Independent Studies Consensus on Impact of a "No-Brexit' Deal

London & Edinburgh

Brexit-Partners asked why the Brexit Secretary had ‘requested’ redaction of the business impacts set out in the 39 industry sector reports to Parliament [Insight: 28 December 2017].  Whilst this may keep the UK’s negotiating powder dry, it denies vital information for organisations everywhere as they begin preparations for Brexit.

It seems that we were not alone.  Within the space of four (4) days, two key stakeholders – City of London and Scotland - have published the results of parallel and independent studies that assess the Brexit impacts based on the differing scenarios that are presently foreseen.

Having worked through the documents, we can say that there is a high degree of consensus on the outcomes.

Whilst the scenarios chosen for analysis vary in detail, the outcome patterns correlate.  And whilst the findings are focused on the populations within their remit, each expands the forecasts to a UK-wide impact.

Mayor of London

In total, five scenarios were modelled by Cambridge Econometrics to illustrate the range of possible outcomes of the UK’s future relationship with the EU.

Mayor of London, Sadiq Khan, reports that a 'no deal' hard Brexit could lead to a lost decade or longer of significantly lower growth. This scenario could result in 87,000 fewer jobs in London by 2030.  Of special significance to the City is that financial and professional services would be the hardest hit.  Other key London sectors that would be adversely affected include science and technology, construction, and the creative sector.

The report goes on to show that London could suffer much less from Brexit than the rest of the country - increasing geographic inequalities across the UK – with potential losses of 500,000 jobs and £50bn investment lost UK-wide in the next decade.

Even softer Brexit scenarios [1] – such as the UK remaining in the Single Market, but leaving the Customs Union after a transition period - result in fewer jobs across the country.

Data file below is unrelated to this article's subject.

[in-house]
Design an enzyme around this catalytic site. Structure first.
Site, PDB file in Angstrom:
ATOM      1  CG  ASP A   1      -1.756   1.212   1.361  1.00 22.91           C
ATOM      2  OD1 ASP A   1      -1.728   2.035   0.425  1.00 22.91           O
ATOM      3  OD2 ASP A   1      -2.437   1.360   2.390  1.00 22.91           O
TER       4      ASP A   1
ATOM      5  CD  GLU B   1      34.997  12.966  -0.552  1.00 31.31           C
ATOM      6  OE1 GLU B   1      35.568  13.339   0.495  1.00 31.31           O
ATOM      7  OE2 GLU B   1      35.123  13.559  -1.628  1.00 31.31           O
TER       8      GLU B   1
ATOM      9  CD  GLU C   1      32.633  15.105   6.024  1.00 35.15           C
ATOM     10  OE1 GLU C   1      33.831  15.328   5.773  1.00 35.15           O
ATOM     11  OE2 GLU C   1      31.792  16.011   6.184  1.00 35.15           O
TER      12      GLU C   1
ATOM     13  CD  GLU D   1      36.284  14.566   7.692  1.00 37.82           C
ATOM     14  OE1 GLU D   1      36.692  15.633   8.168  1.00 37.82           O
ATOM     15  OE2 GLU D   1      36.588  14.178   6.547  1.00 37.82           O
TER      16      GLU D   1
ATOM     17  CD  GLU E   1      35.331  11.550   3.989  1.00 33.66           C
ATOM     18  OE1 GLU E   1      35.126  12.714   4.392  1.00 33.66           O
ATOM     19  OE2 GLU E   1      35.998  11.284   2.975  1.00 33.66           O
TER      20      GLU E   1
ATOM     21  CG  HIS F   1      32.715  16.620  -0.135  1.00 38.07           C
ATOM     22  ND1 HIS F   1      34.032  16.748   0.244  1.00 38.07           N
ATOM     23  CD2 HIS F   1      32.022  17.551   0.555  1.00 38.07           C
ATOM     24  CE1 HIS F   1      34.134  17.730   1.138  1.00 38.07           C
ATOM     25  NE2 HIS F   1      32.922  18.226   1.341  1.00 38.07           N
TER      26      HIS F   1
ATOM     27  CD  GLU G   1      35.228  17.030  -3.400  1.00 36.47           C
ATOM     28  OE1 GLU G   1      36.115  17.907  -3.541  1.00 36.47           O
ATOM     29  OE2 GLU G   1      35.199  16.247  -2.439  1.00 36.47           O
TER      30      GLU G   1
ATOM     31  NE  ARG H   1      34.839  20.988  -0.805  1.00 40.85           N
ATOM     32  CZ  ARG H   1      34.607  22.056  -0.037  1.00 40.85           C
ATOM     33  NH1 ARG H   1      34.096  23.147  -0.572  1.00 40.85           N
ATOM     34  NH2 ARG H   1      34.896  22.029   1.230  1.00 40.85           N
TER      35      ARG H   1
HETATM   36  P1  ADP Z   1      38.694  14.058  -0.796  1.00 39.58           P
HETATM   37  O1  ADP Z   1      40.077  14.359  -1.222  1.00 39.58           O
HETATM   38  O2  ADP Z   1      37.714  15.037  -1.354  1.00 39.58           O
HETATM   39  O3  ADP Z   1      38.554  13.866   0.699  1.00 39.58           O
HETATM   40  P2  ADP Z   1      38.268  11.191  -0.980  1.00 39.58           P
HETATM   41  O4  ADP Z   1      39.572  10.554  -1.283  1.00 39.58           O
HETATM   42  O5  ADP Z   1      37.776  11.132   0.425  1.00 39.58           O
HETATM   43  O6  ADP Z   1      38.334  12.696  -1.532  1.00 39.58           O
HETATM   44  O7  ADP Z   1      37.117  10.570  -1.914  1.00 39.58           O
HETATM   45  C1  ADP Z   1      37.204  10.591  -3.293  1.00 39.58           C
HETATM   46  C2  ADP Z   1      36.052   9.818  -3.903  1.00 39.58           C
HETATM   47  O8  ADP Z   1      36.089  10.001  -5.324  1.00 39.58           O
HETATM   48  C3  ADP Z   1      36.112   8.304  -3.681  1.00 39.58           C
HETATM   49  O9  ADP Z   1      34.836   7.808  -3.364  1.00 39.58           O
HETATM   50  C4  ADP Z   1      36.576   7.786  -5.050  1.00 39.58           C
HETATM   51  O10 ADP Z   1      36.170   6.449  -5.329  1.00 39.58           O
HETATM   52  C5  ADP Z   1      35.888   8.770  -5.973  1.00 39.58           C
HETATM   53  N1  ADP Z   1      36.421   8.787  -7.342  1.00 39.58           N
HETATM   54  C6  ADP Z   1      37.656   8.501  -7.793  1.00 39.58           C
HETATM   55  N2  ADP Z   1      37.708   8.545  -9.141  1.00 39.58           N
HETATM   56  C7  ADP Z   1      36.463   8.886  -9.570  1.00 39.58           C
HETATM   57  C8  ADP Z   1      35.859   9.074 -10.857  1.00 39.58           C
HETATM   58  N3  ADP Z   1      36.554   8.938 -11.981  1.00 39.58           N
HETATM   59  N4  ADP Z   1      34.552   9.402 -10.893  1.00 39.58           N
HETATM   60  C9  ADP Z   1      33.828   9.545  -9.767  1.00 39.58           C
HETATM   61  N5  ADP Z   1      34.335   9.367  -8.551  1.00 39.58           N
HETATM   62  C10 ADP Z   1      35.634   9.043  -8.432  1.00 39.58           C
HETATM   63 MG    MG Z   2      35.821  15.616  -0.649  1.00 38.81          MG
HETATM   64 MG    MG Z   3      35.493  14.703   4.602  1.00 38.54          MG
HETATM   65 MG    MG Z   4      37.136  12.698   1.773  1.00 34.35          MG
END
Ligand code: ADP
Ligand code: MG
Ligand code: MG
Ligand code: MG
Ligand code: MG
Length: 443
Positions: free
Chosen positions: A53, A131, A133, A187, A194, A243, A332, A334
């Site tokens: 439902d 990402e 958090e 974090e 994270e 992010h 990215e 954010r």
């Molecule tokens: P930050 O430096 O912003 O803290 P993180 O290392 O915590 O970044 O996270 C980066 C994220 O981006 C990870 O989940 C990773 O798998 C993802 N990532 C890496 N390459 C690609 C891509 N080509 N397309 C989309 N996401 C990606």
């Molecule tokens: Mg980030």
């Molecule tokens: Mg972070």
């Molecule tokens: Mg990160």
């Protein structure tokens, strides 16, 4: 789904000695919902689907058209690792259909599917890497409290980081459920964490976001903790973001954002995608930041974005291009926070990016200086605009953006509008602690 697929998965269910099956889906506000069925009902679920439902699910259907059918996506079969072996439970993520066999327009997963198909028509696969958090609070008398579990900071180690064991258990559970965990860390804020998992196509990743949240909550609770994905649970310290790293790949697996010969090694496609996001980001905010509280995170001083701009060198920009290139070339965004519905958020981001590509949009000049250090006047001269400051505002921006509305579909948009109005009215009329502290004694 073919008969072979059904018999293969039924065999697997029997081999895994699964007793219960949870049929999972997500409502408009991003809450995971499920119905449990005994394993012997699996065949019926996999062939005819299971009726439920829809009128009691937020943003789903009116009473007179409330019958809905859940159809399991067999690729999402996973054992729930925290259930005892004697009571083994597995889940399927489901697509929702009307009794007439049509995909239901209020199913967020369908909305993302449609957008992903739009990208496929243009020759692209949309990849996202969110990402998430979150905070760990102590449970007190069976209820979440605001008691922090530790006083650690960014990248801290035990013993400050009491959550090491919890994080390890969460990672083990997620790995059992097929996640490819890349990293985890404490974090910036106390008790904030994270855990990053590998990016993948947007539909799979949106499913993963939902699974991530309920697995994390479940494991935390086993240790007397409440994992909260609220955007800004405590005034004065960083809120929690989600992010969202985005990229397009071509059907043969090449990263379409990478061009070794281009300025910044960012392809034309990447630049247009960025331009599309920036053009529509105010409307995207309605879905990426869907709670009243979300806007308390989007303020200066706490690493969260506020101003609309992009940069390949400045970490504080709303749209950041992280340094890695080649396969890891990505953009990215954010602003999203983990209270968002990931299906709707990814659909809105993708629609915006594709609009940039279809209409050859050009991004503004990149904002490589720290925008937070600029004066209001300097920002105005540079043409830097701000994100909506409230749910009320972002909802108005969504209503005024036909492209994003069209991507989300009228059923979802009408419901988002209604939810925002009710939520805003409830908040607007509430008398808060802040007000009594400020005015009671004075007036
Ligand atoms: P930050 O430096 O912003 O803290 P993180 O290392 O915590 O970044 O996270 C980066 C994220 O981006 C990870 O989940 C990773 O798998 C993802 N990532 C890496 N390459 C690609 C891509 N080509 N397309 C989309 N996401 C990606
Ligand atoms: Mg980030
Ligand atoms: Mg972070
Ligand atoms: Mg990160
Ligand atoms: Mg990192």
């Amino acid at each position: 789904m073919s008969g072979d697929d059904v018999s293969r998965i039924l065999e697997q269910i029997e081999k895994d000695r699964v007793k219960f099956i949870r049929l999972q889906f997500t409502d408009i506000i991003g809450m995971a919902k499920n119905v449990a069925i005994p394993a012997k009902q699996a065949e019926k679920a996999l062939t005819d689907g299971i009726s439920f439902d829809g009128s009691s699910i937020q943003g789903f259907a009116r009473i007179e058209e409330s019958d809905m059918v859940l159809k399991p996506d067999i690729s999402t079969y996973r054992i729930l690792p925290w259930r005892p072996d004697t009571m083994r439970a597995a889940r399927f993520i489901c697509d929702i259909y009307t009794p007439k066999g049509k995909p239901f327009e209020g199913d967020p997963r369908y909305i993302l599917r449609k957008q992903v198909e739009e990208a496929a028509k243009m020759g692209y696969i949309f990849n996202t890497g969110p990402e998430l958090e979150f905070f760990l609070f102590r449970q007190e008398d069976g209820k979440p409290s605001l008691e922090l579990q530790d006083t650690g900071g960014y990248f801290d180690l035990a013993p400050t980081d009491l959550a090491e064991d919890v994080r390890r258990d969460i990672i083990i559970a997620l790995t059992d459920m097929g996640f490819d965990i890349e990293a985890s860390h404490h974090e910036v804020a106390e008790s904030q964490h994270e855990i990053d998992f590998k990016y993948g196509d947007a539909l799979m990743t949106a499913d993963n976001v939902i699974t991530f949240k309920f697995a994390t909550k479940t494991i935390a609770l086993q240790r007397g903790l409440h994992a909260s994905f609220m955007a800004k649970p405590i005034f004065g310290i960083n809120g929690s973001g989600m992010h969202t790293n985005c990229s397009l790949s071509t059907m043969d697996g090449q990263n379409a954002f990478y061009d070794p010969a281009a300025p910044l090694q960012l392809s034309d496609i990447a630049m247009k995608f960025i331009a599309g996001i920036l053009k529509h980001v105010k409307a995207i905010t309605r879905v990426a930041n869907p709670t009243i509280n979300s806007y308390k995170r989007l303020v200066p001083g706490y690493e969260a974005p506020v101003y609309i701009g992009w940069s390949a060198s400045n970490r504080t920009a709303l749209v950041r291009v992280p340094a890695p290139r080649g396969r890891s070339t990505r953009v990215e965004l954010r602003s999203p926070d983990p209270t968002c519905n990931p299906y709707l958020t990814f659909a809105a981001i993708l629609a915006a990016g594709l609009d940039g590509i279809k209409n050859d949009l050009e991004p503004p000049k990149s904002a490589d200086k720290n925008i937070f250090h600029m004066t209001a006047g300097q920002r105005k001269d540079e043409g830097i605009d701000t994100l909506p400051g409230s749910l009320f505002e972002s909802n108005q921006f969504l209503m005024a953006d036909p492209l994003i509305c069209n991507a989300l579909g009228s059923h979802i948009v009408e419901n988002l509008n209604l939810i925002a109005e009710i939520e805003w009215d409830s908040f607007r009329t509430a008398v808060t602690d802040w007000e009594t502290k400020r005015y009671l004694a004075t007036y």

With time running out to make considered preparations, the Mayor put an absolute backstop of October 2018 to complete negotiations.

Scotland

Today, 15 January 2018, Scotland’s first minister, Nicola Stugeon published a Brexit Impact Analysis report hoping to boost the prospects the UK staying in the single market.  She described the findings as: “more detailed and extensive than anything so far provided by the UK Government” - and showed that if the UK has to leave the EU, staying in the single market was “the least damaging option by far”.  It was, she said: “absolutely, manifestly, beyond any doubt the option that will do the least damage to our economy”.

The report focuses on the impact of Brexit on the Scottish economy, but like the London study, demonstrates the implications for the debate in the UK generally.

The Scottish government report said Scotland’s GDP would be 8.5% lower by 2030 if the UK traded with Europe on WTO terms (hard Brexit).  However, it would only be an estimated 2.7% lower provided the UK stayed in the single market.

Sturgeon said restricting EU migration would be bad for the Scottish economy. The report said:  ‘Scotland’s economy benefits significantly from EU migration.  EU citizens are helping to grow our economy, address skills shortages within key sectors and make an essential contribution to our population growth.  Over the last decade population growth has been the primary driver of GDP growth and this has been driven chiefly by inward migration.’

Brexit mitigation

Meanwhile, Brexit-Partners note that some organisations are not waiting to act in order to protect their futures.  This includes Lloyds of London - among the most vocal financial businesses on the need for an EU subsidiary should Britain lose access to the single market after leaving the bloc.

Lloyds are amongst the first to publically announce their response.  Housing more than 80 syndicates from their iconic building in London, the syndicates focus on specialist insurance and reinsurance in anything from oil rigs to athletes’ legs.

They have chosen Brussels as the site for its EU subsidiary because of its strong regulatory framework.  Today [15 January 2018] Chief Executive, Inga Beale announced that: “We are hiring people...and will have the Brussels subsidiary up and running by January 1, 2019 - ahead of the official exit date - but we run a market and we want to be ready for all of our businesses and syndicates that operate within the wider market.  That is why we are really pushing ahead.”

Beale said that the application for setting up the Brussels subsidiary had been lodged with the Belgium regulator – whilst Lloyd’s is actively seeking office space and adapting its technology systems.


Brexit-Partners have been tracking 4 scenarios for impact on their client organisations.  The London study uses an additional sub-scenario of: ‘hard Brexit at the end of 2-year transition’ which is a simple matter of timing and not substance. The London study scenarios are:

Scenario 1.  ‘Close to status quo’.  UK remains part of both of the single market and customs union;

Scenario 2.  UK remains part of the single market, but not the customs union;

Scenario 3.  UK remains part of the customs union, but not the single market;

Scenario 4.  ‘hard Brexit’ in which trade between the UK and the EU falls under World Trade Organisation (WTO) rules with a two-year transition period from March 2019;

Scenario 5.  As scenario 4, but without a two-year transition period.

John ShuttleworthComment